That last comes courtesy of Cynthia Benjamin’s pious Meche, Gloria’s disapproving friend and housekeeper, who turns out to be wrestling with her own doubts about the fundamentalist faith to which her second husband introduced her. (The play’s concerns, when it turns serious, are about the extent to which its women are defined by the men in their lives: Beatriz dropped out of school to get married and have a baby, and Gloria took up vegetarianism at the behest of her no-good boyfriend, who eats mostly “twigs…in vinegar.”) The uptight balance for the outrageous Gloria, Meche completes the behavior spectrum upon which Ott’s women go looking for a workable mean; they find it, of course, by deciding to live with a little of Meche’s sensibility, a little of Beatriz’ ambition, and a little of Gloria’s verve.

Along the way, Benjamin gets a whopper of a drunk scene—those religious types are always hypocrites, dontcha know—and the other two get a nice juicy catfight, or at least the intimation of one. All three actresses go at their parts with teeth and nails fully bared—which makes the evening a good deal of fun even when Ott slows his pace to make a point—and Abel López directs with enough flair to make things seem almost snappy even then.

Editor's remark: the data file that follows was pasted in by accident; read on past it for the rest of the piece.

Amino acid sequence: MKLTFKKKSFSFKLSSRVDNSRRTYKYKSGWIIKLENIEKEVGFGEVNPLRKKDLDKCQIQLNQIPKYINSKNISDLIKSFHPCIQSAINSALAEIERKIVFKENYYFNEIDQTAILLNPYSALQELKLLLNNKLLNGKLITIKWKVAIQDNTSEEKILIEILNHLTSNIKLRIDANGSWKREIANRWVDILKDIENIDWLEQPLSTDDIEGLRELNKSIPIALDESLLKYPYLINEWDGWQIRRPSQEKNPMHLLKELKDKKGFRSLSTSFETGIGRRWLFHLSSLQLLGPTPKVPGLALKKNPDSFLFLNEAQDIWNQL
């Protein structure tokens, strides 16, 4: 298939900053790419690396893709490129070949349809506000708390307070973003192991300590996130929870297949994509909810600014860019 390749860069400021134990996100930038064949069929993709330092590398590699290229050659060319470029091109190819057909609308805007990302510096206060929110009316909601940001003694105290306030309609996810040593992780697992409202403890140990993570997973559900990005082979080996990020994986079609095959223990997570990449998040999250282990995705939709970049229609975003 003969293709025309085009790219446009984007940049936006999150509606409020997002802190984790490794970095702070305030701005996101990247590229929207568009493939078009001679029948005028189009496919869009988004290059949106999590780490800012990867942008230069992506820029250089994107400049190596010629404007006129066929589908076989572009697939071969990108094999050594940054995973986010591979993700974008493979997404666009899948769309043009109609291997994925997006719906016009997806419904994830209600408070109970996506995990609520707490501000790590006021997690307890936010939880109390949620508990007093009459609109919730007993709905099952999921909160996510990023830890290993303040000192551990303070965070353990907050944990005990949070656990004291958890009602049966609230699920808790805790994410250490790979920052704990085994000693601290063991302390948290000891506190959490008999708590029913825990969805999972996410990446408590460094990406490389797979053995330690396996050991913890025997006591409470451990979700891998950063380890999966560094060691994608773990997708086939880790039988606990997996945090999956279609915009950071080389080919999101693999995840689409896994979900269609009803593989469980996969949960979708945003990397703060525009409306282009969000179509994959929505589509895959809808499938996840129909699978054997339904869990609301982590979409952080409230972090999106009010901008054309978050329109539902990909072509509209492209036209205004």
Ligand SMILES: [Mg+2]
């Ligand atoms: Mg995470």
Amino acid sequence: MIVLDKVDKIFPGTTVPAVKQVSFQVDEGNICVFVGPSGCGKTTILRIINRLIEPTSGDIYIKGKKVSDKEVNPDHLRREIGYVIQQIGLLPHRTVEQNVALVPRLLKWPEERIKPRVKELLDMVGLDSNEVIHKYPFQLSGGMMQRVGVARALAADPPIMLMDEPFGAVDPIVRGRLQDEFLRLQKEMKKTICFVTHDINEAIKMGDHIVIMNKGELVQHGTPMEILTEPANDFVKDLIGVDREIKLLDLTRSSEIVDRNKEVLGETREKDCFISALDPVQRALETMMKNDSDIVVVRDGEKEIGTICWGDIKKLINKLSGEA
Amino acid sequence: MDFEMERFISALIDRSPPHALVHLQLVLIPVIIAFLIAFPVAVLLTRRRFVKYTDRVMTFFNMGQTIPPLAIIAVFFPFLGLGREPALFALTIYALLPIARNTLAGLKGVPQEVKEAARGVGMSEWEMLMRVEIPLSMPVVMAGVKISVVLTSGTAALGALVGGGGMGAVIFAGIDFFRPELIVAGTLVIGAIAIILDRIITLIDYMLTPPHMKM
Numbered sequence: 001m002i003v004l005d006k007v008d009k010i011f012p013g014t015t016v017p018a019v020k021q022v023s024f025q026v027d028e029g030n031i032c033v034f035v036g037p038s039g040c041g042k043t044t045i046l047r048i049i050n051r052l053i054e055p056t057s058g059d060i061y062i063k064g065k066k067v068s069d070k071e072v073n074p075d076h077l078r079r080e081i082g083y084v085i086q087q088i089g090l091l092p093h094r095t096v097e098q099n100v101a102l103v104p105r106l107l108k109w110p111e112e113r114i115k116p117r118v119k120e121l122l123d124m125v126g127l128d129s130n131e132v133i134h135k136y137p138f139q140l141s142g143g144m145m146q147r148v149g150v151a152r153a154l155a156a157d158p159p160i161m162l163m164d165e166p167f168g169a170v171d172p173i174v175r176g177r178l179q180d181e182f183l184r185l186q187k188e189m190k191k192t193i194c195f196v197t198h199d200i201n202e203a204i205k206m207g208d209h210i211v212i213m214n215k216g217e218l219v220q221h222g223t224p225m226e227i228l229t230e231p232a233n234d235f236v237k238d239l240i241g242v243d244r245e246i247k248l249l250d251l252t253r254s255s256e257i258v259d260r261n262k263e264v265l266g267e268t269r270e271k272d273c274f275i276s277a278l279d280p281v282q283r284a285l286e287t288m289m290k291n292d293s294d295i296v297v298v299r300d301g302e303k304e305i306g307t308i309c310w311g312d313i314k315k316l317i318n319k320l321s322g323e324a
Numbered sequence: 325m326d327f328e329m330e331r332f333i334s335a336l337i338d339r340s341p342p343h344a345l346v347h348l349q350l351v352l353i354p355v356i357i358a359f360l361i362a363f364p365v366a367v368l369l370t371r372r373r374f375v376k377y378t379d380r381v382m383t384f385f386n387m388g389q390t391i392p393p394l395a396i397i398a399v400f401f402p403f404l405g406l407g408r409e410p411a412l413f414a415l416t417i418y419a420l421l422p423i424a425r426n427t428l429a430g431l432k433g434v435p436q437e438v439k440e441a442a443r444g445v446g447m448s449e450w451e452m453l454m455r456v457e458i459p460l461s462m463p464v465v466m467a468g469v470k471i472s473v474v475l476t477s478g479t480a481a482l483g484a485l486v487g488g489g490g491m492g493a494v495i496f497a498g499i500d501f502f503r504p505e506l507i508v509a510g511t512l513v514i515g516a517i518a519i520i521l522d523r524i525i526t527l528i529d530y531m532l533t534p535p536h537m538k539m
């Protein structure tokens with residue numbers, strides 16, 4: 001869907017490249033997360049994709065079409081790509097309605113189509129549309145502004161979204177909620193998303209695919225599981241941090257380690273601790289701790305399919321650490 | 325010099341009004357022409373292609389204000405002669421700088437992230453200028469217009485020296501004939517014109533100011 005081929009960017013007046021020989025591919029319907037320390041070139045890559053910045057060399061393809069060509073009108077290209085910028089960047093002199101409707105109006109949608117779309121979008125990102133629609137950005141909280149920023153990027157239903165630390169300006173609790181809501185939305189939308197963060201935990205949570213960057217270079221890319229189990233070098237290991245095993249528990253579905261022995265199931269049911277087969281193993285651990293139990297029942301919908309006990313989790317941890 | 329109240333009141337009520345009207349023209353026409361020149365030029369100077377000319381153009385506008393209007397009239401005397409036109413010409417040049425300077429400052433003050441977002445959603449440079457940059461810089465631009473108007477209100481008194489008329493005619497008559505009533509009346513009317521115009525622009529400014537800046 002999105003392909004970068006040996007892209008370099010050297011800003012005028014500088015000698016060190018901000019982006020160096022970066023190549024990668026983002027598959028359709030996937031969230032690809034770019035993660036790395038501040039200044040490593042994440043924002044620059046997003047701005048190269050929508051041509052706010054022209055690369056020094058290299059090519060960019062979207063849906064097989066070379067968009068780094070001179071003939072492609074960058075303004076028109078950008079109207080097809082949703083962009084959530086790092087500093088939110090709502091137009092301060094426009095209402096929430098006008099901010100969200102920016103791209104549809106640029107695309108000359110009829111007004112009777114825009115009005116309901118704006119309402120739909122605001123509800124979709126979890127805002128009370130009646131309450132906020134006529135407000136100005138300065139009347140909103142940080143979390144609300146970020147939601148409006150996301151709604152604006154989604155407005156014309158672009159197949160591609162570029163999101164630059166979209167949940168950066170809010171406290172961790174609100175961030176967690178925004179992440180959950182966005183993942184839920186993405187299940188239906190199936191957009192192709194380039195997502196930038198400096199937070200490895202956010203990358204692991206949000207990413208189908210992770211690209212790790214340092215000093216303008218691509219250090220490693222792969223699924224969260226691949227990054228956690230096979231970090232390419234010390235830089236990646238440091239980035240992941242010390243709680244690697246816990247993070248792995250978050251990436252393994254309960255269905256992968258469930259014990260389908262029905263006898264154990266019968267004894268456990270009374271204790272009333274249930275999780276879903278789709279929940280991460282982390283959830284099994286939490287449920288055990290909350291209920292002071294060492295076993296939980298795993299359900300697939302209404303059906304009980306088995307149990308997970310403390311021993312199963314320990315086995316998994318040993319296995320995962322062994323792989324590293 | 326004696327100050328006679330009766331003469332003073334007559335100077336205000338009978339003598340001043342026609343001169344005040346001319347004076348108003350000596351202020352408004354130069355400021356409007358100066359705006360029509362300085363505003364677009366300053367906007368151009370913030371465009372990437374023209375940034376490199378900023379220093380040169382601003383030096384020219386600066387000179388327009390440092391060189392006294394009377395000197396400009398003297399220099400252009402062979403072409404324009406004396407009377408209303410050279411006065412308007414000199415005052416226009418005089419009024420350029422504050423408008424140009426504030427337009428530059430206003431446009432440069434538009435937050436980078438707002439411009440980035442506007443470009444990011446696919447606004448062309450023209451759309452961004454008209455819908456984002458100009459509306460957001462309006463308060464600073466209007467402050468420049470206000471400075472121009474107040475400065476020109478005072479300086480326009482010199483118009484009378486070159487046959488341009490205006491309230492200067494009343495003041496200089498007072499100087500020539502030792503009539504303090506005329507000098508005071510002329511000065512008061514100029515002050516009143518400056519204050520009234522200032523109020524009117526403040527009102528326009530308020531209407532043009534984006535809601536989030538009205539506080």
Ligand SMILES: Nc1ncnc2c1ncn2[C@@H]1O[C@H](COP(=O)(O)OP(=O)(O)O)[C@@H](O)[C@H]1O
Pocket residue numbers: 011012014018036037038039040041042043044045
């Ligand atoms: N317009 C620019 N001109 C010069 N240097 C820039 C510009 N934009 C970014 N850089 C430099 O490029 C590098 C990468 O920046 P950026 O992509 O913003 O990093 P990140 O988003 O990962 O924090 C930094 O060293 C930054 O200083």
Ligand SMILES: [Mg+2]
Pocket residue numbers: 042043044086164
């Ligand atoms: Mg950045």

The running jokes get a little thin every now and again, it’s true—or perhaps the idea that the upper-crusty Gloria can’t be bothered to remember Beatriz’s name or Meche’s nationality is simply funnier in Spanish. (It’s worth mentioning, though, that the translators on Gala’s headsets manage to be expressive without becoming too obtrusive, which is by no means always the case.) And there’s no getting around the sitcom structure; the show’s three scenes might as well be three 22-minute episodes, for all any one of them really has to do with the others.

But if Divorciadas is inescapably a by-the-numbers affair, Gala at least has Esteban’s prime little number at its center—and in Benjamin and Méndez, two strong supporting factors besides. CP